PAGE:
- Big OT: Players not in high-tech sector (e.g. industrial manufacturing, services etc.) or big ISVs that are part of their ecosystem
- Big IT: Traditional tech players. Note: Excludes Google, Amazon etc. who don’t fit in a particular quadrant here, but span quadrants 1 and 2.
- Small IT: Focuses on horizontal hardware/software problems that are not industry specific
- Small OT: Small tech players focused on industry problems. (e.g. AI for health or autonomous cars). Their technology focus could be IT or OT, but their problem domain is industry-specific (e.g. SAIPS for navigational AI, Airware in drone technology)
Implications: The Calculus of It All
Whether you are an entrepreneur, VC, corporate development leader, or investment banker, the interplay across the players in these quadrants has become a key dynamic to watch in your day-job. For instance:
- Just as the supply of small technology firms have increased due to cloud, the potential investors for startups have increased as well. Mature buyers from the OT world are investing in and acquiring from small OT and small IT quadrants.
- Vertical integration across IT and OT is a threat for incumbent OT players (e.g. Google in transportation and robotics, Amazon in health services) and IT players.
- Innovators dilemma problems galore in the big IT quadrant 2. Collectively, they aren’t providing or are unable to provide verticalized solutions while busy trying to stave off cloud competitors. That’s a battle on two fronts simultaneously for big IT!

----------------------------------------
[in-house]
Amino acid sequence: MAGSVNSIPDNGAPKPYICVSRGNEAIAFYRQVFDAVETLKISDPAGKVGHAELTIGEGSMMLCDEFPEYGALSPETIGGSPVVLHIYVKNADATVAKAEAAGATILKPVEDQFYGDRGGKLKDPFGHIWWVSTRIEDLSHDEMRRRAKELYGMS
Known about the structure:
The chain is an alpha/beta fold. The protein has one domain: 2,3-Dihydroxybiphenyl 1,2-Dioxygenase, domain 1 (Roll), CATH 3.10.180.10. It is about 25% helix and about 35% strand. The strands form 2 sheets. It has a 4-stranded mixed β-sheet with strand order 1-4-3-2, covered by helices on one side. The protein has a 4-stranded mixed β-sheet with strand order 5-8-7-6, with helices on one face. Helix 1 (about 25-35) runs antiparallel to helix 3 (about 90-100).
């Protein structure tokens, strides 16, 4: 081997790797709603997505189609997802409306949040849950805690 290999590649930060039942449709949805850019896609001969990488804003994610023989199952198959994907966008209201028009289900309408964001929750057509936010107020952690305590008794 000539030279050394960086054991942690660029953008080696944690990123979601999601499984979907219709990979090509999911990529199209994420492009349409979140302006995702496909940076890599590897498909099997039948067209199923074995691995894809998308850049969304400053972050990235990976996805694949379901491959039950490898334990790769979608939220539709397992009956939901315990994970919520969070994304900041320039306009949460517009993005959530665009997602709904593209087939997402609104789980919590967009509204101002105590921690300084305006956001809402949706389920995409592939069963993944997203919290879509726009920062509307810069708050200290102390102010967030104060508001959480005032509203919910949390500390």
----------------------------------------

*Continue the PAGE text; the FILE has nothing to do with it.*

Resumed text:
Note: Apple’s acquisition of Lattice Data is another wrinkle in this whole landscape, given the way a corporate acquisition bypassed traditional VC route altogether. Lattice could have exited to quadrant 1 or 2.
Summary – M&A and Venture Strategy
The new digital trajectory of OT affects the strategic investment considerations of a corporate development leader in OT or IT and the strategy of an entrepreneur as follows:
- Should you acquire for tech, talent, or new business?: This continues to be a perennial question that reverberates in the hallways. While the question itself has not changed, the actions from the answer is changing.
- Target Scouting and Classification: e.g. Is the target an artificial intelligence software provider or an AI software provider for health?
- Internal Alignment: How do you align the new target’s investments with internal business unit’s goals? Is the new technology enabling multiple internal businesses? How should it be structured and measured internally if acquired?
- Strategic Alliances: As a big IT player, how do I build alliances with OT players, especially those that acquire or create new IT components? Caution: Frenemies abound!
- Product and GTM Focus: As an entrepreneur, do I build a horizontal technology product or vertical industry solution? Is my GTM through an IT behemoth? Which channel partners do I need?
There you have it. The simplified view of the foraging and predatory habits of the various fish and its implications on corporate development.
It is an exciting marine world out there!
See other articles from this series on IoT = IT + OT: